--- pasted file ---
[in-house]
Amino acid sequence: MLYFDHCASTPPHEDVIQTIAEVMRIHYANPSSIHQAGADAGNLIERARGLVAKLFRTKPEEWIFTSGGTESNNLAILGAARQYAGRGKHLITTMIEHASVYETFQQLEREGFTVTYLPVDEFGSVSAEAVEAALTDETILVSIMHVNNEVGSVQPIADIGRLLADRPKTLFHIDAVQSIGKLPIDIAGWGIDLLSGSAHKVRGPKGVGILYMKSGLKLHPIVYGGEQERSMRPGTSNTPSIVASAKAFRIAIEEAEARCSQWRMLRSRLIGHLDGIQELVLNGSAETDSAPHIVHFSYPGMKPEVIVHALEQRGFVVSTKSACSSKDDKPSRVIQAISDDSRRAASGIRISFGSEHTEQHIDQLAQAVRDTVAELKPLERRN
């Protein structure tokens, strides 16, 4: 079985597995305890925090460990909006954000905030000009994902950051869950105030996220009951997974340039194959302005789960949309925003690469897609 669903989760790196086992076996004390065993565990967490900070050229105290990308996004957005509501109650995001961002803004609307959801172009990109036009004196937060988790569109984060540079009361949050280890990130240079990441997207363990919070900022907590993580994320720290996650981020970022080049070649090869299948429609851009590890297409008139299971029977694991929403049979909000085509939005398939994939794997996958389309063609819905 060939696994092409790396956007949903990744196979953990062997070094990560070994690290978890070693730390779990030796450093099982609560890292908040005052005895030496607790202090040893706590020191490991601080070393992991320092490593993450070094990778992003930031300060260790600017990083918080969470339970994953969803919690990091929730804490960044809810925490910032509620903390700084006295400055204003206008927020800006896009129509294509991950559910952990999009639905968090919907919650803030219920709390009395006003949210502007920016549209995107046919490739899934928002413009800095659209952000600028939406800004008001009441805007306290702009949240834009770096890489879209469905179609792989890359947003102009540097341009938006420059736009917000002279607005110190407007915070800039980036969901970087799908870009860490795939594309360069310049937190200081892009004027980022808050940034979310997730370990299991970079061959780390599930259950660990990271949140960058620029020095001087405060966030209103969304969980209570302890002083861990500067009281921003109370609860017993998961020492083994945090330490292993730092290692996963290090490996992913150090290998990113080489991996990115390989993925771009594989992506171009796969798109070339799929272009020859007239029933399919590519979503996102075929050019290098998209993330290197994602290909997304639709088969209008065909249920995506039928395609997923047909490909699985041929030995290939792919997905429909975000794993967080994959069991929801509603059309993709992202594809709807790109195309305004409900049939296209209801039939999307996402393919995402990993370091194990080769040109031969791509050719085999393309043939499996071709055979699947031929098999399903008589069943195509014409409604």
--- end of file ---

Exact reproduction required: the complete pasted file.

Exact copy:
[in-house]
Amino acid sequence: MLYFDHCASTPPHEDVIQTIAEVMRIHYANPSSIHQAGADAGNLIERARGLVAKLFRTKPEEWIFTSGGTESNNLAILGAARQYAGRGKHLITTMIEHASVYETFQQLEREGFTVTYLPVDEFGSVSAEAVEAALTDETILVSIMHVNNEVGSVQPIADIGRLLADRPKTLFHIDAVQSIGKLPIDIAGWGIDLLSGSAHKVRGPKGVGILYMKSGLKLHPIVYGGEQERSMRPGTSNTPSIVASAKAFRIAIEEAEARCSQWRMLRSRLIGHLDGIQELVLNGSAETDSAPHIVHFSYPGMKPEVIVHALEQRGFVVSTKSACSSKDDKPSRVIQAISDDSRRAASGIRISFGSEHTEQHIDQLAQAVRDTVAELKPLERRN
């Protein structure tokens, strides 16, 4: 079985597995305890925090460990909006954000905030000009994902950051869950105030996220009951997974340039194959302005789960949309925003690469897609 669903989760790196086992076996004390065993565990967490900070050229105290990308996004957005509501109650995001961002803004609307959801172009990109036009004196937060988790569109984060540079009361949050280890990130240079990441997207363990919070900022907590993580994320720290996650981020970022080049070649090869299948429609851009590890297409008139299971029977694991929403049979909000085509939005398939994939794997996958389309063609819905 060939696994092409790396956007949903990744196979953990062997070094990560070994690290978890070693730390779990030796450093099982609560890292908040005052005895030496607790202090040893706590020191490991601080070393992991320092490593993450070094990778992003930031300060260790600017990083918080969470339970994953969803919690990091929730804490960044809810925490910032509620903390700084006295400055204003206008927020800006896009129509294509991950559910952990999009639905968090919907919650803030219920709390009395006003949210502007920016549209995107046919490739899934928002413009800095659209952000600028939406800004008001009441805007306290702009949240834009770096890489879209469905179609792989890359947003102009540097341009938006420059736009917000002279607005110190407007915070800039980036969901970087799908870009860490795939594309360069310049937190200081892009004027980022808050940034979310997730370990299991970079061959780390599930259950660990990271949140960058620029020095001087405060966030209103969304969980209570302890002083861990500067009281921003109370609860017993998961020492083994945090330490292993730092290692996963290090490996992913150090290998990113080489991996990115390989993925771009594989992506171009796969798109070339799929272009020859007239029933399919590519979503996102075929050019290098998209993330290197994602290909997304639709088969209008065909249920995506039928395609997923047909490909699985041929030995290939792919997905429909975000794993967080994959069991929801509603059309993709992202594809709807790109195309305004409900049939296209209801039939999307996402393919995402990993370091194990080769040109031969791509050719085999393309043939499996071709055979699947031929098999399903008589069943195509014409409604």